Tuesday, August 07, 2007

My Twitter Theory

In The Beginning

Blogs have always served a pretty standard purpose: they are individual's publishing platforms. In the early days, they often gave voice to essentially whatever the author was thinking - from political ideas to what they had for lunch. Blogging also came with a novel addition - RSS. RSS allows you to follow dozens of Blogs all with minimal effort.

This combination of a publishing platform and a way to syndicate it, made for huge possibilities.

As the medium grew up, people realized that the more specialized your blog was, the better. Focus just on politics, gadgets or even random web findings, and leave off the stuff about your lunch, and you'll get more readers, revenue and respect.

Along comes Twitter which says that you can keep a blog in 140 character chunks. Do bloggers, who have been refining their craft for years, laugh them off the scene? Nope, they totally embrace them. And here's my theory as to why:

Twitter allows you to maintain an old-school-what-I-had-for-lunch blog alongside your profession, finely tuned one - all with a minimum of effort.

At a 140 characters a pop, Twitter allows you to satisfy your personal blog needs without a minimum of energy. Also, at this point, many blogger's have RSS feed lists that overwhelm them. Twitter comes along solves this by giving you to the option to skip RSS entirely, push the content directly to your readers.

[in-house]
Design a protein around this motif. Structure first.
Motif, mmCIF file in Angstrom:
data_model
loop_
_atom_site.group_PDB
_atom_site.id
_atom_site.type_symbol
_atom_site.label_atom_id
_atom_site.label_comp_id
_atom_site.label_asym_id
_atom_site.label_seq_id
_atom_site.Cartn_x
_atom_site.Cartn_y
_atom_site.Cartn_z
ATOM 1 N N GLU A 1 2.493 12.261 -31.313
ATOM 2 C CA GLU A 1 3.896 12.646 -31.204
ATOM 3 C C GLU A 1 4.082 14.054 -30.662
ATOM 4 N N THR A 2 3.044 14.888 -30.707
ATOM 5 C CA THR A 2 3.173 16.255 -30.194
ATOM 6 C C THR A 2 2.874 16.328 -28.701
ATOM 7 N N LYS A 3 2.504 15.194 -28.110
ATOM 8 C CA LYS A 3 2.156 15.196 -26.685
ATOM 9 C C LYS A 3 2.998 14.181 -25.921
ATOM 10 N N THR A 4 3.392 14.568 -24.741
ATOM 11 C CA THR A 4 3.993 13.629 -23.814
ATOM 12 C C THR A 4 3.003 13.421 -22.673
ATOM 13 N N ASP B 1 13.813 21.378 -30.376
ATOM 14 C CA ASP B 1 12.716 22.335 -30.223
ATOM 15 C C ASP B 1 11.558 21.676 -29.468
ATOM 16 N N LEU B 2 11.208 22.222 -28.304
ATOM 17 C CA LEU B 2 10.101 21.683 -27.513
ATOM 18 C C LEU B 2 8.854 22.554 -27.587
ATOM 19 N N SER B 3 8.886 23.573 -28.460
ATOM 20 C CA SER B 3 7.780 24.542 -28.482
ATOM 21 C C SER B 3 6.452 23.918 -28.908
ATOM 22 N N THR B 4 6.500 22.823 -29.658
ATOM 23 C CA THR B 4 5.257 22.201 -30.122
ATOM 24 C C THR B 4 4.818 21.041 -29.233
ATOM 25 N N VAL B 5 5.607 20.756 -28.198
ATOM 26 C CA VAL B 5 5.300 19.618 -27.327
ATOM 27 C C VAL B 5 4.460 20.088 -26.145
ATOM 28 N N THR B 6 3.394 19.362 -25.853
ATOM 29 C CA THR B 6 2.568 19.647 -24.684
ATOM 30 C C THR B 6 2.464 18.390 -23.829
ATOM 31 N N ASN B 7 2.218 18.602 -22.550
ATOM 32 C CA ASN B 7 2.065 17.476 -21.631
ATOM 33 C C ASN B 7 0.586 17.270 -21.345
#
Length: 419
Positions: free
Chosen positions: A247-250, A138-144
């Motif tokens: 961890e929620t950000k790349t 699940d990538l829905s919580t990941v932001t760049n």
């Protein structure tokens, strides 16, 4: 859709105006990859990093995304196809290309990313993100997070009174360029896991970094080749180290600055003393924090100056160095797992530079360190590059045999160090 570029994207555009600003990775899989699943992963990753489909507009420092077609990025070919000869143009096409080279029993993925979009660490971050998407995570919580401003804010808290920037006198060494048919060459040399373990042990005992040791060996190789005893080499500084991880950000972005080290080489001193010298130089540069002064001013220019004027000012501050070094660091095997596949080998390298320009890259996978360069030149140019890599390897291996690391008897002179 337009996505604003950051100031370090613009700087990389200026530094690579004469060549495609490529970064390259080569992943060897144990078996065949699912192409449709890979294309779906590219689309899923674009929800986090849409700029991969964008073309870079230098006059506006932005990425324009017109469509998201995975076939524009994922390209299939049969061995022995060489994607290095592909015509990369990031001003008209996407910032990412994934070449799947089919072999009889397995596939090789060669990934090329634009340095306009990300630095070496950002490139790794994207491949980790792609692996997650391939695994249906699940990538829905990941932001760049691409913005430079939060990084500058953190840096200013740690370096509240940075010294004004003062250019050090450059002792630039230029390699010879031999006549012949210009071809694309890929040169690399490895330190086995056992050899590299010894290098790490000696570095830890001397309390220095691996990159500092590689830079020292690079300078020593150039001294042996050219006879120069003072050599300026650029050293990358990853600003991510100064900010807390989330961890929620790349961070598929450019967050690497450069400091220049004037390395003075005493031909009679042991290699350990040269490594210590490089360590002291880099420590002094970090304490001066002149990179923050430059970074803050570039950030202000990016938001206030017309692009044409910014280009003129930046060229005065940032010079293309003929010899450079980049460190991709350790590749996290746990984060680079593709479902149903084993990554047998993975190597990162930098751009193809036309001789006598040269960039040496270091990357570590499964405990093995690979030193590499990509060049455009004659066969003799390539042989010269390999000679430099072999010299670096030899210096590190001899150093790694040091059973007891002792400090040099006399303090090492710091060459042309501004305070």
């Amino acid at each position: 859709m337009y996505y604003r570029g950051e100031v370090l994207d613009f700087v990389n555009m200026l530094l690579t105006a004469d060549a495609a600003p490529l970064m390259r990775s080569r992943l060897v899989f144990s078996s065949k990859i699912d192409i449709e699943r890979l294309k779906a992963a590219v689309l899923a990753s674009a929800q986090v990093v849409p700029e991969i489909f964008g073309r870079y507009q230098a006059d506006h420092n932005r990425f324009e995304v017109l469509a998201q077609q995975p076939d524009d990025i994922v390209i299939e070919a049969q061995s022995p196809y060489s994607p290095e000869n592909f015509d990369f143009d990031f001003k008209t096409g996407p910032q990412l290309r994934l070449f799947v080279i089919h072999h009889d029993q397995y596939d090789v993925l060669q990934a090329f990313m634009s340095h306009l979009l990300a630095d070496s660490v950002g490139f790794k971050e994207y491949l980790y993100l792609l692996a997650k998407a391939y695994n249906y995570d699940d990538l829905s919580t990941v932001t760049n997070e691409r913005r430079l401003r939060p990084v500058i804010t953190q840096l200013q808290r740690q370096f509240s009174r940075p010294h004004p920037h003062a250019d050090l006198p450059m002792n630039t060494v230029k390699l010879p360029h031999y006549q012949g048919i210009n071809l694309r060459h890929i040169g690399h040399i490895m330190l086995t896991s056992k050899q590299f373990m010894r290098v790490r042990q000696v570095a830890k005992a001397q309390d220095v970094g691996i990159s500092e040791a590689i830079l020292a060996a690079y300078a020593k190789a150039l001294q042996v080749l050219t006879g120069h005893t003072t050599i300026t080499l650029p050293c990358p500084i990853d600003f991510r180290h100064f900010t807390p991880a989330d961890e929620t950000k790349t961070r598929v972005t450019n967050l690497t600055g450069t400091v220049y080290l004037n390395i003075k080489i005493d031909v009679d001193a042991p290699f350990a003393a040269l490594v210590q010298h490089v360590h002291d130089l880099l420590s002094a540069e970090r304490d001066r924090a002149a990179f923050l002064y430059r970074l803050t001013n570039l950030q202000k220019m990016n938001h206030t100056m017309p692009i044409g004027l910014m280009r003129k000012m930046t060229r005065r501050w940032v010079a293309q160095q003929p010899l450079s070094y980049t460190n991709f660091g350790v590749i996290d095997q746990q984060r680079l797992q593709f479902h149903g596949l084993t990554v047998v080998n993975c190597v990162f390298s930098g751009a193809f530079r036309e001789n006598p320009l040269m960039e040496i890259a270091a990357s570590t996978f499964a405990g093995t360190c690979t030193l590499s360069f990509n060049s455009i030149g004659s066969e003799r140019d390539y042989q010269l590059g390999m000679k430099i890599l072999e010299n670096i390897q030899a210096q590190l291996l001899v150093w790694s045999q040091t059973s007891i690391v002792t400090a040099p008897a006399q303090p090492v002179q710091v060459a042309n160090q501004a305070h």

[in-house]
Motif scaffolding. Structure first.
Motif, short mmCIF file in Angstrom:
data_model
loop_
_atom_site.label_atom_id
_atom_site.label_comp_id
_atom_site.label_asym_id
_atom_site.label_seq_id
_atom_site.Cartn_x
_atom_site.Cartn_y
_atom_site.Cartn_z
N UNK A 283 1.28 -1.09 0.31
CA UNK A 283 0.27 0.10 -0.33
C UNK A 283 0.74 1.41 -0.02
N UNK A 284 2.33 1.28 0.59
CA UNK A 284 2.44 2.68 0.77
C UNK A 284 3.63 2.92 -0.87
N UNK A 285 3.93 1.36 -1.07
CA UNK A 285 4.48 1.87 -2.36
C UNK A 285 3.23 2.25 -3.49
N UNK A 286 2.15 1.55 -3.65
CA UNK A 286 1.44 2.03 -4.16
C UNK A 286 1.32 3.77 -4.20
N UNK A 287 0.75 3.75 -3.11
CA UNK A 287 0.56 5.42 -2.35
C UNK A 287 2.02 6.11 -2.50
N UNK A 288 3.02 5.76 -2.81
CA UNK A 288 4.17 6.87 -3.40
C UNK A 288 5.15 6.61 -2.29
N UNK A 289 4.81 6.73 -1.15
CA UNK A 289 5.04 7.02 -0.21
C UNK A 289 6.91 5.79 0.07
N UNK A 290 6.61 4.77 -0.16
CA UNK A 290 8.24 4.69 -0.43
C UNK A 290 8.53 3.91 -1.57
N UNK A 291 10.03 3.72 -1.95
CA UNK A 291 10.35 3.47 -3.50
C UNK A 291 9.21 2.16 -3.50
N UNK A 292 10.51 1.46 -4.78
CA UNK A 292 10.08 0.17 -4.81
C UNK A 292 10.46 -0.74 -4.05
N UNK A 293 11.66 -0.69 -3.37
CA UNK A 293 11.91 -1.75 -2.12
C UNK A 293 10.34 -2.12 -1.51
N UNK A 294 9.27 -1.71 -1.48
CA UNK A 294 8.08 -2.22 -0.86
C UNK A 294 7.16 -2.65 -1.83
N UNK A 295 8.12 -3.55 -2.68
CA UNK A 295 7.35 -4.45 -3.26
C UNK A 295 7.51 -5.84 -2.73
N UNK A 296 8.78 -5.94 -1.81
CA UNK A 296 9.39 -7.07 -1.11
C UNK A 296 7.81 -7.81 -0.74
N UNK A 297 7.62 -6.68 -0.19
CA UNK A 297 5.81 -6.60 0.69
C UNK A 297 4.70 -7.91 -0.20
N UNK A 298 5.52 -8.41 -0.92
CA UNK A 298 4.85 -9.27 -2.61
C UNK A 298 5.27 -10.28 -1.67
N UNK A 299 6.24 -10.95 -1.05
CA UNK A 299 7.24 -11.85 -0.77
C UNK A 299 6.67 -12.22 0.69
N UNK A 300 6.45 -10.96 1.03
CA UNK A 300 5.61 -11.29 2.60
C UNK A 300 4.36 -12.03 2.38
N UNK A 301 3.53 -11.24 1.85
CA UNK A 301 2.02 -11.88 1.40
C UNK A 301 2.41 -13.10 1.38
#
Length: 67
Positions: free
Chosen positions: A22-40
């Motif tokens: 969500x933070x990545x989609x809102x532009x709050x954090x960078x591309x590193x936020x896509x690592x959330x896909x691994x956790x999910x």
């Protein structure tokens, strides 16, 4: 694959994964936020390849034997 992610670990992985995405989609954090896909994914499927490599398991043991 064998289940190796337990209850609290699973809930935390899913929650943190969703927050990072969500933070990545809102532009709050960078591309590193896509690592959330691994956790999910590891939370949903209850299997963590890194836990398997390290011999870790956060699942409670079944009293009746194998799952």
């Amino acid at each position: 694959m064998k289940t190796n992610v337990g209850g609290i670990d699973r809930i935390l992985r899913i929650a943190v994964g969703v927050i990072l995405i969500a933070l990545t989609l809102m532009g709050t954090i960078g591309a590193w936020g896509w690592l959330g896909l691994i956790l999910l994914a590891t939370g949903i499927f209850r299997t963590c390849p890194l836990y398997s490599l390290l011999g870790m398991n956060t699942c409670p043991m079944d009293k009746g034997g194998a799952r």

Why do you need a personal blog at all? Well, that's probably another topic for another day. I'd say that the reasons range from: you want to keep Mom and Dad informed of your weekend plans, to having a place to publish your wacky theories.

So What?

Why do I need a theory on Twitter anyway?

  • I'm trying to explain why smart people are so excited about Twitter.
  • I think it explains why Twitter is less interesting to me personally - my blog is a variety show already, I don't need one on the side.
  • If you considering starting a blog, you might want to start with Twitter. You can get all the benefits of a personal publishing platform in a package that couldn't be easier to keep updated.

Any suggestions for improving my theory (or is it a hypothesis? Can't remember which is which.)? Am I way off base?


  1. Anonymous11:05 AM

    You make some excellent points about Twitter. It is a great way for people to start an online dialogue and see if they can muster enough energy to effectively blog.

    I tried Twitter twice (say that three times fast) and could not maintain any enthusiasm even though I write at multiple blogs and content sites.

    Lunch was good, but it's really hot outside doesn't thrill me as copy. Reading about someone else's lunch is even less thrilling.

    Aren't you reminded of the folks in 24 who call each other on cell phones with ever-lasting battery life and say, "I'm driving down the freeway now" or "I'm shocking the prisoner with a lamp cord now"?

  2. Ben, you know George??? Famous former CARFAXian.

  3. George -

    You bring up a good point about twitter being a great platform for figuring out if you would enjoy blogging.

    Not only does it give you a way to express your opinion/thoughts/ideas/etc. in a compact way, but it forces you to be brief.

    This is a good thing. (In an effort to stay brief, I'll say no more on this topic.)

  4. Anonymous9:21 PM

    Paul, if you followed me on Twitter, you would know Ben and I were hanging out last week. Oh, that's right. I uninstalled the app.